Oh I’m so glad to see you.  Take a look at this. This right here is the risotto. Now let’s talk about the risotto.  Can we please talk about the risotto? Please, Newport, I’m dying to talk about the risotto with you all day, ok.  

I feel like the word risotto stresses people out.  It’s one of those dishes most people dread because they hear horror stories about just how hard it is to make. My opinion is people equate labor intensive with hard to make, which is simply not true. Here’s the thing: it’s not hard to make. In fact, it’s one of the easiest things to make in my opinion. There’s really not much to it. One warning though, if you do it enough times one of your arms may end up looking more like Popeye’s because there is a lot of stirring involved. So, this month I am here to demystify the beast that is risotto and show you that you can do it.  

The risotto I make is made with a short-grain rice called arborio. A basic (yet delicious) risotto has very few ingredients. In fact, take a look at this picture and the list of ingredients:

1 cup arborio rice

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4 cups low sodium chicken stock, heated*

½ cup dry white wine, room temperature*

2-3 cloves of garlic, minced

1 medium yellow or red onion (or 2 shallots diced),  diced

¼  cup finely grated parmesan cheese*

3 Tbsp butter

Salt and pepper to taste

OPTIONAL: A good pinch of saffron

That’s it.  Seriously.  That’s all you need to make a delicious risotto. I’ll discuss the asterisks later.  I know that seems like a lot of liquid. Regular rice is a 1.5-2 to 1 ratio.  Risotto is usually 4 to 1. 

Now, heat up the stock in a sauce pan (I’ll try to not screw that up again) or pot which can hold more than 4 cups of liquid on medium low heat and keep it to a low simmer. IF you have it, throw the saffron into the stock at his point so it can infuse the stock. Make sure your wine is also at room temperature.  You want it room temperature because putting cold wine in the pan will drop the pan temperature too low.  That’s bad news bears. 

Put a large sauté pan on medium heat.  Throw in 2 tablespoons of the butter, the onions and a pinch of salt and pepper and cook for 4-5 minutes or until they are translucent.  Throw the garlic in  for 30-45 seconds or until fragrant. Try not to burn the garlic.  Turn up to medium-high heat. Now, throw in the rice with another pinch of salt and pepper and toast it.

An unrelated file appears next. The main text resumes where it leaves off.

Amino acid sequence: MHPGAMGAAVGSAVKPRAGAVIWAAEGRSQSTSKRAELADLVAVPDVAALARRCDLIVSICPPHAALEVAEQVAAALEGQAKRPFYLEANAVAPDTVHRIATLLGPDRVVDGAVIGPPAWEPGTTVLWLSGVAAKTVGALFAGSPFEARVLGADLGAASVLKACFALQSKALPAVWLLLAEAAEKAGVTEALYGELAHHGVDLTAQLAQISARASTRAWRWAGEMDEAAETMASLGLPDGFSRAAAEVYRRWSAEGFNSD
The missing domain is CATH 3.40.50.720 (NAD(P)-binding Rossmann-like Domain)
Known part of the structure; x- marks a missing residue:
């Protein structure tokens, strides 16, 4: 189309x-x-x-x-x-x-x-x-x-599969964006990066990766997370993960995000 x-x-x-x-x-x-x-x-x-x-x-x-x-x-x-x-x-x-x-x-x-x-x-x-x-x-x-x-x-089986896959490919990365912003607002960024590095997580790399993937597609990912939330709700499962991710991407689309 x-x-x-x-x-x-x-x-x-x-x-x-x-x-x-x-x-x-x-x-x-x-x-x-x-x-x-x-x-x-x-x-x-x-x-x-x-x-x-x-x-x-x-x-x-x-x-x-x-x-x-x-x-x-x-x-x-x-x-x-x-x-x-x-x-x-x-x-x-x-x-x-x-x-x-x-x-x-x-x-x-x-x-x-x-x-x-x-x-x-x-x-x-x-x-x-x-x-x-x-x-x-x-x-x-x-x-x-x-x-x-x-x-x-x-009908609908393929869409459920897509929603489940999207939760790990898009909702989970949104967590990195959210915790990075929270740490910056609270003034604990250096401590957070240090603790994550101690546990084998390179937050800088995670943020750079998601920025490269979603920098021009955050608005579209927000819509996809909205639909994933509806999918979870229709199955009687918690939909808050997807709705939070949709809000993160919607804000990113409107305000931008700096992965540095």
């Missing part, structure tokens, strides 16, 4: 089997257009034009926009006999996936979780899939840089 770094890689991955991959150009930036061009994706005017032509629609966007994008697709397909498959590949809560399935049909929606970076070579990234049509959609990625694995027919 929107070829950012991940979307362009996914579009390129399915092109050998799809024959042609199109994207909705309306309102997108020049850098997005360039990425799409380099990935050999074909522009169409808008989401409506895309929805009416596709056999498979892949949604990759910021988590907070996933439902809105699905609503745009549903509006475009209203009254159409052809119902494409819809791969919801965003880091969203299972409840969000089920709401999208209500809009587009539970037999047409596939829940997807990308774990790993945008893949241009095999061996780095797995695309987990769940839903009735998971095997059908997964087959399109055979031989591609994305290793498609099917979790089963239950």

Cook the rice until it starts to also become translucent and you smell a little bit of a nutty smell.  Now, add the wine and start stirring with a wooden spoon.  Yes, I firmly believe that the old traditional way is the best way. Just something about it makes it better. I can’t explain it.  You don’t have to constantly stir, but more often than not is good.  Do this until all of the wine has been absorbed. Now, add a ladle full of the heated stock and stir and cook until liquid is absorbed. Keep doing this until you’ve added all of the stock. This will take about 20-25 minutes.

Do this until all 4 cups of the stock has been used up.  The risotto should still have individual grains of fully cooked rice but also have a bit of a creamy texture. Tender but noy mushy is what we’re looking for. Add you cheese and stir it in until it’s all melted and incorporated.  Add that last tablespoon of butter and incorporate, and voila, you’ve made risotto.  Taste it for seasoning and add what you think it needs. That wasn’t so bad, now, was it?

Yes, I used dry parsley flakes.  It’s all I had!!

Let’s talk about all those asterisks.  Risotto is a highly customizable dish.  You want to make a seafood risotto, use fish stock or seafood stock.  You’re serving this with beef? Well, maybe use red wine, beef stock and gruyere instead of white wine, chicken stock and parmesan. Add some mushrooms to it if you like mushrooms. Sometimes I make this recipe with asparagus and mushrooms because that’s what I like.  Corn is another good addition to risotto.  Here’s a tip: if you’re using dried mushrooms, keep the liquid you used to rehydrate them and use that to give it some mushroom flavor.  Do whatever you like as long as you keep the rice to liquid ratio and cooking technique the same.  

Enjoy the risotto and I’ll see you next month!